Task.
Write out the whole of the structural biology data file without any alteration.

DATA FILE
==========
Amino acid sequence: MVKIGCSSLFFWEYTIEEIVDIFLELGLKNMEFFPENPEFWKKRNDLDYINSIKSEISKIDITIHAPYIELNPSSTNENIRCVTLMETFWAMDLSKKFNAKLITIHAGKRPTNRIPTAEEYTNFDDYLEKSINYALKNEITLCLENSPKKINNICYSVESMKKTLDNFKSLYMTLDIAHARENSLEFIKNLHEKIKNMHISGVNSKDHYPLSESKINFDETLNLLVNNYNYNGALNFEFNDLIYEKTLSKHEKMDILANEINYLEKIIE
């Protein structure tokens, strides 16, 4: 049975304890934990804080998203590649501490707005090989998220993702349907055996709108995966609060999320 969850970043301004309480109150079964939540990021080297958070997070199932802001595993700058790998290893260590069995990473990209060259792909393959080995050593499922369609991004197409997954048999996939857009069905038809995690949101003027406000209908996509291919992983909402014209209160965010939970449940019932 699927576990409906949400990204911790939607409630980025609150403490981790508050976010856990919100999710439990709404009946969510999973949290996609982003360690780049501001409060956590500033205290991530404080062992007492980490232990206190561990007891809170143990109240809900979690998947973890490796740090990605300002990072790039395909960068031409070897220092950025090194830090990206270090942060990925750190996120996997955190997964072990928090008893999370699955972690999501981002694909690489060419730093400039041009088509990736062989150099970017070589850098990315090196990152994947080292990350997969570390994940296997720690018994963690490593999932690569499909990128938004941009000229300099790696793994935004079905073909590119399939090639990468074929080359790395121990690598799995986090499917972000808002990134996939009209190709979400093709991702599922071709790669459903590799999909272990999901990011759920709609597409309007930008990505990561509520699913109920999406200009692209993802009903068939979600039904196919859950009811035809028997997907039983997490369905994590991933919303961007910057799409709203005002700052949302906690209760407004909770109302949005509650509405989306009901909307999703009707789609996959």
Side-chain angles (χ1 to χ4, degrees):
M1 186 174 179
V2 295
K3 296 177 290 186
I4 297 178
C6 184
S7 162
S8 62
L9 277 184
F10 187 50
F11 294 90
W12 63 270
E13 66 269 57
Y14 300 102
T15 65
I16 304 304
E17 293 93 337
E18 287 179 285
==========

Amino acid sequence: MVKIGCSSLFFWEYTIEEIVDIFLELGLKNMEFFPENPEFWKKRNDLDYINSIKSEISKIDITIHAPYIELNPSSTNENIRCVTLMETFWAMDLSKKFNAKLITIHAGKRPTNRIPTAEEYTNFDDYLEKSINYALKNEITLCLENSPKKINNICYSVESMKKTLDNFKSLYMTLDIAHARENSLEFIKNLHEKIKNMHISGVNSKDHYPLSESKINFDETLNLLVNNYNYNGALNFEFNDLIYEKTLSKHEKMDILANEINYLEKIIE
């Protein structure tokens, strides 16, 4: 049975304890934990804080998203590649501490707005090989998220993702349907055996709108995966609060999320 969850970043301004309480109150079964939540990021080297958070997070199932802001595993700058790998290893260590069995990473990209060259792909393959080995050593499922369609991004197409997954048999996939857009069905038809995690949101003027406000209908996509291919992983909402014209209160965010939970449940019932 699927576990409906949400990204911790939607409630980025609150403490981790508050976010856990919100999710439990709404009946969510999973949290996609982003360690780049501001409060956590500033205290991530404080062992007492980490232990206190561990007891809170143990109240809900979690998947973890490796740090990605300002990072790039395909960068031409070897220092950025090194830090990206270090942060990925750190996120996997955190997964072990928090008893999370699955972690999501981002694909690489060419730093400039041009088509990736062989150099970017070589850098990315090196990152994947080292990350997969570390994940296997720690018994963690490593999932690569499909990128938004941009000229300099790696793994935004079905073909590119399939090639990468074929080359790395121990690598799995986090499917972000808002990134996939009209190709979400093709991702599922071709790669459903590799999909272990999901990011759920709609597409309007930008990505990561509520699913109920999406200009692209993802009903068939979600039904196919859950009811035809028997997907039983997490369905994590991933919303961007910057799409709203005002700052949302906690209760407004909770109302949005509650509405989306009901909307999703009707789609996959």
Side-chain angles (χ1 to χ4, degrees):
M1 186 174 179
V2 295
K3 296 177 290 186
I4 297 178
C6 184
S7 162
S8 62
L9 277 184
F10 187 50
F11 294 90
W12 63 270
E13 66 269 57
Y14 300 102
T15 65
I16 304 304
E17 293 93 337
E18 287 179 285